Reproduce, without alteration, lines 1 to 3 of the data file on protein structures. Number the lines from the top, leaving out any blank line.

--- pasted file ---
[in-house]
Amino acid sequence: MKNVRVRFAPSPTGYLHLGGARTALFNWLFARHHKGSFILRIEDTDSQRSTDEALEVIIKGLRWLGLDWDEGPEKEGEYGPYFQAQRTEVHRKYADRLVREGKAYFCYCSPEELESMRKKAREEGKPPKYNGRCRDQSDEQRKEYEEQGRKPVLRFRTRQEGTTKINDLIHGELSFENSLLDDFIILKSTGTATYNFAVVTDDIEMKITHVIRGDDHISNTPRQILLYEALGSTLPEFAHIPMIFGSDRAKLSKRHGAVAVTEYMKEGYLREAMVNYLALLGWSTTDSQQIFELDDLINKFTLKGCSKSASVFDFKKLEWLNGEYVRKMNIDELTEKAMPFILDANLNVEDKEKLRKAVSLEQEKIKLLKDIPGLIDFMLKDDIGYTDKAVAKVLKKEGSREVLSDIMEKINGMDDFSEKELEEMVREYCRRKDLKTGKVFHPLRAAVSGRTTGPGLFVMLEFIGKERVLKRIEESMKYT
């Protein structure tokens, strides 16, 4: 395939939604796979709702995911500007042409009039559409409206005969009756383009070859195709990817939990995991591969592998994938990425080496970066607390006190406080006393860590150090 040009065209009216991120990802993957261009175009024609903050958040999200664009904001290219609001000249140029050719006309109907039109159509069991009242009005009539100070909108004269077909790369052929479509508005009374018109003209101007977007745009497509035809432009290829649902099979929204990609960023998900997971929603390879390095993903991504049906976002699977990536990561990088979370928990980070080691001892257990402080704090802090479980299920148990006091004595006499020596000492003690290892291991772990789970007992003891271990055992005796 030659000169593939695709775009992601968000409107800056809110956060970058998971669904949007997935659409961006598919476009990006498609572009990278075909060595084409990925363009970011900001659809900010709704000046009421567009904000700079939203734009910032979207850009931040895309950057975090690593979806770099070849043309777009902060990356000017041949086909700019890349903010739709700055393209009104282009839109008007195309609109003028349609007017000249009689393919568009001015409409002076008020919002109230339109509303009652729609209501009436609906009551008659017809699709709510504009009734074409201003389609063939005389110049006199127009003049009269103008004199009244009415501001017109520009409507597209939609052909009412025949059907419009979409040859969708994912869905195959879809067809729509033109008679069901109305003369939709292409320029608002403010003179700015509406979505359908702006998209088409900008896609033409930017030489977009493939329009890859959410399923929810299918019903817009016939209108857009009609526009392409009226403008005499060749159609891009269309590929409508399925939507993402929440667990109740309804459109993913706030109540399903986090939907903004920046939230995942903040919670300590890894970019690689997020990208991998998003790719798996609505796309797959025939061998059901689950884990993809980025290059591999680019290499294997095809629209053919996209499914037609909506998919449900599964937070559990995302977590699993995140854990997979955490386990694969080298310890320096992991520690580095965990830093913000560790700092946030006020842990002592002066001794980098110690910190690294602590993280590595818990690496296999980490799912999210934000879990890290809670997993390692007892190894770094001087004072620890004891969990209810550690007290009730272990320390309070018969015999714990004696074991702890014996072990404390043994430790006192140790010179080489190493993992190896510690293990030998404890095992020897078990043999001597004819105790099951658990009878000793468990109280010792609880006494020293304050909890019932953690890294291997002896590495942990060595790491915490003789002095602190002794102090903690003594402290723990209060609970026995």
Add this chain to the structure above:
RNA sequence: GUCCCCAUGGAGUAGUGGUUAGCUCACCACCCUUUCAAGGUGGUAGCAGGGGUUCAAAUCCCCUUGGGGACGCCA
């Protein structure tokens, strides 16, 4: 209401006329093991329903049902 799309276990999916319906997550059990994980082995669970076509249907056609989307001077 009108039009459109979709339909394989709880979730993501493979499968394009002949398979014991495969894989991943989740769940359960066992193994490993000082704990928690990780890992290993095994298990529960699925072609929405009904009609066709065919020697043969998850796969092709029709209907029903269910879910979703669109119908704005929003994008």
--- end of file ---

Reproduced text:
[in-house]
Amino acid sequence: MKNVRVRFAPSPTGYLHLGGARTALFNWLFARHHKGSFILRIEDTDSQRSTDEALEVIIKGLRWLGLDWDEGPEKEGEYGPYFQAQRTEVHRKYADRLVREGKAYFCYCSPEELESMRKKAREEGKPPKYNGRCRDQSDEQRKEYEEQGRKPVLRFRTRQEGTTKINDLIHGELSFENSLLDDFIILKSTGTATYNFAVVTDDIEMKITHVIRGDDHISNTPRQILLYEALGSTLPEFAHIPMIFGSDRAKLSKRHGAVAVTEYMKEGYLREAMVNYLALLGWSTTDSQQIFELDDLINKFTLKGCSKSASVFDFKKLEWLNGEYVRKMNIDELTEKAMPFILDANLNVEDKEKLRKAVSLEQEKIKLLKDIPGLIDFMLKDDIGYTDKAVAKVLKKEGSREVLSDIMEKINGMDDFSEKELEEMVREYCRRKDLKTGKVFHPLRAAVSGRTTGPGLFVMLEFIGKERVLKRIEESMKYT
């Protein structure tokens, strides 16, 4: 395939939604796979709702995911500007042409009039559409409206005969009756383009070859195709990817939990995991591969592998994938990425080496970066607390006190406080006393860590150090 040009065209009216991120990802993957261009175009024609903050958040999200664009904001290219609001000249140029050719006309109907039109159509069991009242009005009539100070909108004269077909790369052929479509508005009374018109003209101007977007745009497509035809432009290829649902099979929204990609960023998900997971929603390879390095993903991504049906976002699977990536990561990088979370928990980070080691001892257990402080704090802090479980299920148990006091004595006499020596000492003690290892291991772990789970007992003891271990055992005796 030659000169593939695709775009992601968000409107800056809110956060970058998971669904949007997935659409961006598919476009990006498609572009990278075909060595084409990925363009970011900001659809900010709704000046009421567009904000700079939203734009910032979207850009931040895309950057975090690593979806770099070849043309777009902060990356000017041949086909700019890349903010739709700055393209009104282009839109008007195309609109003028349609007017000249009689393919568009001015409409002076008020919002109230339109509303009652729609209501009436609906009551008659017809699709709510504009009734074409201003389609063939005389110049006199127009003049009269103008004199009244009415501001017109520009409507597209939609052909009412025949059907419009979409040859969708994912869905195959879809067809729509033109008679069901109305003369939709292409320029608002403010003179700015509406979505359908702006998209088409900008896609033409930017030489977009493939329009890859959410399923929810299918019903817009016939209108857009009609526009392409009226403008005499060749159609891009269309590929409508399925939507993402929440667990109740309804459109993913706030109540399903986090939907903004920046939230995942903040919670300590890894970019690689997020990208991998998003790719798996609505796309797959025939061998059901689950884990993809980025290059591999680019290499294997095809629209053919996209499914037609909506998919449900599964937070559990995302977590699993995140854990997979955490386990694969080298310890320096992991520690580095965990830093913000560790700092946030006020842990002592002066001794980098110690910190690294602590993280590595818990690496296999980490799912999210934000879990890290809670997993390692007892190894770094001087004072620890004891969990209810550690007290009730272990320390309070018969015999714990004696074991702890014996072990404390043994430790006192140790010179080489190493993992190896510690293990030998404890095992020897078990043999001597004819105790099951658990009878000793468990109280010792609880006494020293304050909890019932953690890294291997002896590495942990060595790491915490003789002095602190002794102090903690003594402290723990209060609970026995």